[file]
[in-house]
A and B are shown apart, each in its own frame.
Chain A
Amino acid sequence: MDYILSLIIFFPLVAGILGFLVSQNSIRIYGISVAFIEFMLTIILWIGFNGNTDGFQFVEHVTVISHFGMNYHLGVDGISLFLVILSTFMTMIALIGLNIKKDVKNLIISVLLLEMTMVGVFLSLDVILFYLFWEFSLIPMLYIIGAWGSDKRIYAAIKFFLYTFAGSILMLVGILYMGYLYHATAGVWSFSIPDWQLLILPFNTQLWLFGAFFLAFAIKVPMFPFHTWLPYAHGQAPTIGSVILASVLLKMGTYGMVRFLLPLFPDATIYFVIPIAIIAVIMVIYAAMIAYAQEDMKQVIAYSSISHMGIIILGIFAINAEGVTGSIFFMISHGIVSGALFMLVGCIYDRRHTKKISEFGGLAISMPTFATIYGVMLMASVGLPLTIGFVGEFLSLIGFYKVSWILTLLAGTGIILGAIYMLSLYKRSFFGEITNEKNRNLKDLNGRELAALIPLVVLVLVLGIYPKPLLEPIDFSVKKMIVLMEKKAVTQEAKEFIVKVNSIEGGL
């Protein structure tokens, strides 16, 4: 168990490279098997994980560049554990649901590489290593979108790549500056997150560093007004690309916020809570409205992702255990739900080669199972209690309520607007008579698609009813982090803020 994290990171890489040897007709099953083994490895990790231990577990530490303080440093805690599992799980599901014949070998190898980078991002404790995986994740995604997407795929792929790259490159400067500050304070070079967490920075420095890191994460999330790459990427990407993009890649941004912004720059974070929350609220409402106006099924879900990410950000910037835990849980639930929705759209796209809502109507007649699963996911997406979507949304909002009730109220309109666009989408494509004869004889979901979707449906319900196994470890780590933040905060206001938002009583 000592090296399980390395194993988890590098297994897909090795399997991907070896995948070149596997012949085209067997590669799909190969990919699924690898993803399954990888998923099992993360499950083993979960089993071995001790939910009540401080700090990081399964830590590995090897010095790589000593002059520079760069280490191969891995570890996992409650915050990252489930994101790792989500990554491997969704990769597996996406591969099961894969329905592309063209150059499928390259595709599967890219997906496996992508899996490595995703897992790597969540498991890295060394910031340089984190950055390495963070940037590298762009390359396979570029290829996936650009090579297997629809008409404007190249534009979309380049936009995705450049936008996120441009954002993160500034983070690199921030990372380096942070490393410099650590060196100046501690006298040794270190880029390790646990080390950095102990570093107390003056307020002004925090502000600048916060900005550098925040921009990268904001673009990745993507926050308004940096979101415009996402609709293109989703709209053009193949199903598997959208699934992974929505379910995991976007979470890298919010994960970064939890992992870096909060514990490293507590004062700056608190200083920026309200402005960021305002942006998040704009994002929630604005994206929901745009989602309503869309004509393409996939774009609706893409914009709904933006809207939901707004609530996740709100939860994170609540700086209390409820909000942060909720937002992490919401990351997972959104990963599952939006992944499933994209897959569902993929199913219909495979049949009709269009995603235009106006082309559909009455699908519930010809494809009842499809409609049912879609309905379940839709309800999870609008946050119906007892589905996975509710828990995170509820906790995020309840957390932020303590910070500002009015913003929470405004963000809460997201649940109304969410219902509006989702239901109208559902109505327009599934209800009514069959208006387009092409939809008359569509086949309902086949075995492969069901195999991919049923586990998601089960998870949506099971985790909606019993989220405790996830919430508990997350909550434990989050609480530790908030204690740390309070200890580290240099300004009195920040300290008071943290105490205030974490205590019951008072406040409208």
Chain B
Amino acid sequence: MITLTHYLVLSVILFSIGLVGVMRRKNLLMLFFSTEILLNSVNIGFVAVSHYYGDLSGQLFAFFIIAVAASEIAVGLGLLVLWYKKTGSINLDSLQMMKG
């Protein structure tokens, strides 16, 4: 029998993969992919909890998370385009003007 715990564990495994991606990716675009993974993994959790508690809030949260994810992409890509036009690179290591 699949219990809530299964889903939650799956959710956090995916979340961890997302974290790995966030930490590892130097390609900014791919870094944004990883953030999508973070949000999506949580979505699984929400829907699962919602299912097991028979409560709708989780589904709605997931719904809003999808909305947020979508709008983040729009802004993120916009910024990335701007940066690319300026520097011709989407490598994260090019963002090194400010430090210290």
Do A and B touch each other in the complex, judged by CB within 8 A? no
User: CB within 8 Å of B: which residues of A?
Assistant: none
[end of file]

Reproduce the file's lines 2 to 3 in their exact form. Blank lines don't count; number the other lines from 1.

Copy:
A and B are shown apart, each in its own frame.
Chain A